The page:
I guess I'll mention something interesting I read in

Elegant Universe by

Brian Greene when he was covering

relativity. As long as you're sticking to two

dimensions,

pi is

constant. However, in the real world,

pi can

*appear* to be

variable. The trick is that space compresses in the direction of

momentum.

Greene's example used two people measuring

circumference and

diameter of that spinning room at the

amusement park. Both guys will get the same diameter, but because the room is moving

relative to the guy outside and space compresses in the direction of the motion, the circumference measured by the person outside the ride will appear to be smaller than the circumference measured by the person inside the ride. If they both calculate pi (circumference over diameter) using their measurements, the guy who was inside the room will get a larger value of pi than the other.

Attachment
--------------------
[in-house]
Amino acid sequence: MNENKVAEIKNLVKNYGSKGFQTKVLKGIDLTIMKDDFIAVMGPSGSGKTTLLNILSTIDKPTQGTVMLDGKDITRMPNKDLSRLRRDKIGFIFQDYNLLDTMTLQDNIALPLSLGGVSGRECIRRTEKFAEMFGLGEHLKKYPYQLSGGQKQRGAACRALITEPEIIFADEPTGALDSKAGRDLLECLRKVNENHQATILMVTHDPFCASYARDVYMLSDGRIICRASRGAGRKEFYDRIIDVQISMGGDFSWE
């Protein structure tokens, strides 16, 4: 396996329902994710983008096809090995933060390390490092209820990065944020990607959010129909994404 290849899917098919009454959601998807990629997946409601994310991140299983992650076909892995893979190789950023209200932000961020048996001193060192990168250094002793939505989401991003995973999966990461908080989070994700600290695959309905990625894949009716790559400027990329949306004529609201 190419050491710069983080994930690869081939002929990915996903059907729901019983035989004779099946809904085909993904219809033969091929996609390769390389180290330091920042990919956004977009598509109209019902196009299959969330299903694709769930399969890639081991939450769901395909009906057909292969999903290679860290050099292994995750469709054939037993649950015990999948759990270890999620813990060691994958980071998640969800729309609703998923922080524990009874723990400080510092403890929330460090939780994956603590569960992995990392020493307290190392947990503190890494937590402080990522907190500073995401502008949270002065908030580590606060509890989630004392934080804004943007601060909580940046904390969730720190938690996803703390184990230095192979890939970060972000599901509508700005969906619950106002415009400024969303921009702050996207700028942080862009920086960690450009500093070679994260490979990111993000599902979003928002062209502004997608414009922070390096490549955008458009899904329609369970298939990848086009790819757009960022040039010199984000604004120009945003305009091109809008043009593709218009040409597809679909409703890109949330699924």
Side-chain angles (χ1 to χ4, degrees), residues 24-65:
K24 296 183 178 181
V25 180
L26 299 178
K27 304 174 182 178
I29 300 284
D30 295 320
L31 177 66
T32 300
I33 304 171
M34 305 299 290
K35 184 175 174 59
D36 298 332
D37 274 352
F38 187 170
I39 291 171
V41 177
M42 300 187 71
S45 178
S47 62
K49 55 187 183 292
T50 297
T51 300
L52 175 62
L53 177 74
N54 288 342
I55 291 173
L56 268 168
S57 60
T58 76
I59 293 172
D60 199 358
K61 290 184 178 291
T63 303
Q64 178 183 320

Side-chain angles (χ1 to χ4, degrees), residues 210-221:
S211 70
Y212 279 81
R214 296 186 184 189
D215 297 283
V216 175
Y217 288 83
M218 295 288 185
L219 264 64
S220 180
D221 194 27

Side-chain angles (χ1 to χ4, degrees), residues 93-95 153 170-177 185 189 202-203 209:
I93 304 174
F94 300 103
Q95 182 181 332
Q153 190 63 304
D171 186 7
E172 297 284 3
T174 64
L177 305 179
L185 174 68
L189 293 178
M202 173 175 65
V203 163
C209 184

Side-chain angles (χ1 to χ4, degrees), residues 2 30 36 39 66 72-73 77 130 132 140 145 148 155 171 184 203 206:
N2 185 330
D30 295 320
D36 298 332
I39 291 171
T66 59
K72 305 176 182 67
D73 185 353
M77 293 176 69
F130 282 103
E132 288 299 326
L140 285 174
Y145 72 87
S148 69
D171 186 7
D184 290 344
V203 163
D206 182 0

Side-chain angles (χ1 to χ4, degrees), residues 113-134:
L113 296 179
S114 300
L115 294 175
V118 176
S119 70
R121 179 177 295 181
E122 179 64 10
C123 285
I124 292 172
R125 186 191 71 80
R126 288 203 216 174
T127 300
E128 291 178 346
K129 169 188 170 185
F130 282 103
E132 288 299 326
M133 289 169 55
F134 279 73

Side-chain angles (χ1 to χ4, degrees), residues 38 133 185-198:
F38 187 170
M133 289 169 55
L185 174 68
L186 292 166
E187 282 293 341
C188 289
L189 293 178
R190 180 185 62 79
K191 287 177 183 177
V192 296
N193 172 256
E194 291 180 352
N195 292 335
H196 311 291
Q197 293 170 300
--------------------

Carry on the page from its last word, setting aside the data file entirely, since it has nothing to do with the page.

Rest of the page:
As an example you can actually try at home, draw a circle on a

deflated balloon. If an object is rotating, the center isn't moving but the outside is so when space-time bends you get a spherical shape much like the balloon when it is

inflated. If you measure circumference and diameter of the balloon when it's deflated, and then again when it's inflated, you'll see that pi will appear to be smaller when the balloon is inflated.

But

no worries, pi really is constant. It's caused by measuring something with equipment that can't deal with all the dimensions involved.